Getting bullied online? Turn the other cheek. Responding only draws more attention, which can hurt your reputation further.
Why Starting a Social Media Fight Could KO Your Online Reputation
Venting anger by railing against your transgressors is a time-honored practice, as is gossiping about your coworkers or boss. But when you do it on social media websites or blogs, there can be serious repercussions to your online reputation, especially if your target fights back and starts a flame war. For some people, hotheaded comments online have led to embarrassment and inconvenience. In other cases, starting a social media fight and online reputation damage has ended careers.
How online insults and attacks are perceived by others
When you attack someone on the Web, your Internet reputation suffers. Why? Vindictive comments are a reflection of your problem-solving and interpersonal skills, not to mention your general maturity level. Your prospective boss, seeing how quick you were to attack someone for holding an opposing point of view, might think, “Poor team player, let’s choose someone else.” Alternatively, if you trash your boss online, potential future employers might be reluctant to hire you for fear of what you’ll later say about them.
Outside of employment considerations, slanderous or antagonistic comments can still cause significant harm to your online reputation, as demonstrated by the much-publicized spate of Facebook attacks by Willow and Bristol Palin following the launch of their mother’s reality TV show, Sarah Palin’s Alaska. Although the sisters’ intention was to defend their mother’s show, all they ended up doing was damaging their online reputations. They also inadvertently pushed the negative comments about Sarah Palin’s Alaska, which otherwise would likely have gone unnoticed, into the spotlight.
Accountability: The bright side of starting a social media fight
On the other hand, complaining about others online has, in a few cases, led to greater accountability among managers and supervisors. In one recent case, the announcement of a new management hire led to so many negative comments from former employees that the individual in question was eventually forced to resign from his new position.
Even in this scenario, however, saying bad things online about other people carries risk. In addition to the job and reputation-related dangers outlined above, you face the risk of being misquoted, misunderstood, or simply carried away. For whatever reason, people tend to believe gossip, and this fact causes online reputation attacks to snowball and escalate to the point where nobody benefits. This risk multiplies once someone fights back, often leading to an emotional flame war that makes all parties look childish.
If you’re still considering attacking someone’s online reputation, this tongue-in-cheek article on Urban75.com should change your mind. Author Steven Jones humorously spells out the malicious, underhanded techniques individuals use to enrage others online. He does so in such a way that it is immediately obvious that it would be reputation suicide to follow any of his tips.
Can you really get fired for trash talking your boss on Facebook?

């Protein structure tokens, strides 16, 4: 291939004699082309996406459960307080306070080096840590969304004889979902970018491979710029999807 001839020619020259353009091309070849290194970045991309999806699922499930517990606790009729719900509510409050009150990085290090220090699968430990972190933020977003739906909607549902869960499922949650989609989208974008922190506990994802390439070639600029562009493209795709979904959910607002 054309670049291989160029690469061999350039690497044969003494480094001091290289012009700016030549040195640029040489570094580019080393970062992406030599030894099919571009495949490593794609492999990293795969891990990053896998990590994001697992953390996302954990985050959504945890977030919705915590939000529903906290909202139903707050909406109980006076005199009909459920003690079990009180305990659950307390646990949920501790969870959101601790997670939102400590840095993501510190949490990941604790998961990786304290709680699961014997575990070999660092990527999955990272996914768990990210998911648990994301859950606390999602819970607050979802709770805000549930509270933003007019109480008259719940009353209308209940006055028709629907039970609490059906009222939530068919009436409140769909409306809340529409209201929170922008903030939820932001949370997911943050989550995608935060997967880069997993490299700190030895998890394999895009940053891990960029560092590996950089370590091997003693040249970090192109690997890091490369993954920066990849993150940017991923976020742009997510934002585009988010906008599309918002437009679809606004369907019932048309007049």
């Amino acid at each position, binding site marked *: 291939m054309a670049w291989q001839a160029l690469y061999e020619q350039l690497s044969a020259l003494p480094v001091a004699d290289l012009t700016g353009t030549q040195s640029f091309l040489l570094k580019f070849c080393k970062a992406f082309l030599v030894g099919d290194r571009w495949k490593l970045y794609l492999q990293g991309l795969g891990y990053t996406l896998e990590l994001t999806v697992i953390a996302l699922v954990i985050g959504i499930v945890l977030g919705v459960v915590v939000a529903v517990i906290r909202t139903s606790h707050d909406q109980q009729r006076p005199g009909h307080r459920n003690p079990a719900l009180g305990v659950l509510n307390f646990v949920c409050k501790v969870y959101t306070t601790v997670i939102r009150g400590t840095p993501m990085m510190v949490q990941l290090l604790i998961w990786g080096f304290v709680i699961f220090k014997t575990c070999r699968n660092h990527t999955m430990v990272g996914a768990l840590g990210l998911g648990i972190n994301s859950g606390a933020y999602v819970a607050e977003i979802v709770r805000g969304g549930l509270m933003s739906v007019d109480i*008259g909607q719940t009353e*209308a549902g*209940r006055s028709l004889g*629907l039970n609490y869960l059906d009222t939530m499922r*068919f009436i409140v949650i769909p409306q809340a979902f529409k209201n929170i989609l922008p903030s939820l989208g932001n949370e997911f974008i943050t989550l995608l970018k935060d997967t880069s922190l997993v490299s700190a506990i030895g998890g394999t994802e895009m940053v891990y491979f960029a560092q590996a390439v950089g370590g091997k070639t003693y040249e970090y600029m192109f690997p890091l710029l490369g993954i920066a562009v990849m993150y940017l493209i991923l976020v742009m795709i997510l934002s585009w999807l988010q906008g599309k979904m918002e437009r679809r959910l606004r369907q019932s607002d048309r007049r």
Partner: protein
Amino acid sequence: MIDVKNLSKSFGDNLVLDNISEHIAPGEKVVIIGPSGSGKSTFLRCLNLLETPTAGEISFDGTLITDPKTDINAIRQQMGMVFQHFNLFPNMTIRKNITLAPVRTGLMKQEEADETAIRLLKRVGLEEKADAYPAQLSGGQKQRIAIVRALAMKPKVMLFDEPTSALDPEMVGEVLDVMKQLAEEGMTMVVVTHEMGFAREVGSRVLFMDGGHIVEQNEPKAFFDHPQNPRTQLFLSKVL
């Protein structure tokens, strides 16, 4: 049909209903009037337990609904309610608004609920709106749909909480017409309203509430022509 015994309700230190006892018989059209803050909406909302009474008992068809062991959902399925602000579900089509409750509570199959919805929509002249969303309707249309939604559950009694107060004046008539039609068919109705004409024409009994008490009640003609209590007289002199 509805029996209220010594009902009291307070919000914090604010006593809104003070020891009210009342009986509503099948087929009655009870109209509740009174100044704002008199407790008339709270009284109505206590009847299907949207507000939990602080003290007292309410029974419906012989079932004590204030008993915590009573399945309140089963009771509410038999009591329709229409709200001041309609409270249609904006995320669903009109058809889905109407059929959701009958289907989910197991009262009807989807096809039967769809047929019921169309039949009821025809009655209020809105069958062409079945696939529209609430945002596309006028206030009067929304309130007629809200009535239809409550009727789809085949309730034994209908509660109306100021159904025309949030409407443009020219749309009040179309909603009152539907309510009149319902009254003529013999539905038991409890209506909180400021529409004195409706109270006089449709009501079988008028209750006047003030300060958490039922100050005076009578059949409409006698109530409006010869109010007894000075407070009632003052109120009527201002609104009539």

In short: sometimes. The same laws that protect your right to form a union have something to say about whether or not you can get fired for saying nasty things about your work on Facebook or other social media sites. You are generally protected from complaining about work conditions, but not from libeling or abusing others.
Many professionals in the public eye have navigated trash-talk blunders without getting fired, although not without ramifications. An outgoing school board president in Illinois, Stuart Bledsoe, recently burned his bridges by complaining about his colleagues on Facebook. His comments were called “unprofessional,” but Bledsoe didn’t violate any school board regulations or laws and he can’t be fired for his actions. Similarly, Esquire Magazine writer Scott Raab was barred from the list of “credentialed” journalists invited to Miami Heat games, based on inflammatory Twitter comments. He didn’t lose his job though.
That said Raab and Bledsoe have limited their future career options. Both of them will be unable to take certain types of assignments thanks to a brief moment of ill-considered online publishing. To explore the topic of social media and your career in more detail, check out this Reputation.com Resource Center article: How To Not Get Fired For Social Networking.
What to do if you’ve been victimized by online libel
First and foremost, don’t retaliate. Chances are the attacker’s online reputation is being hurt as much as yours. Engaging in an argument will probably only lead to reputation-damaging vitriol on both sides.
Instead, bolster your online reputation through the use of personal branding techniques, such as those in this Reputation.com Resource Center article. Create positive content that creates the image you want seen online, and then link to it through your social media profiles.
If the results of starting a social media fight, or online libel are hurting your Internet reputation and you aren’t able to deal with them on your own, consider Reputation.com’s MyEdge suite. A set of comprehensive online reputation management (ORM) tools, MyEdge can push negative content down in the search results so that the attacks of others have little effect on your reputation, career, or personal life.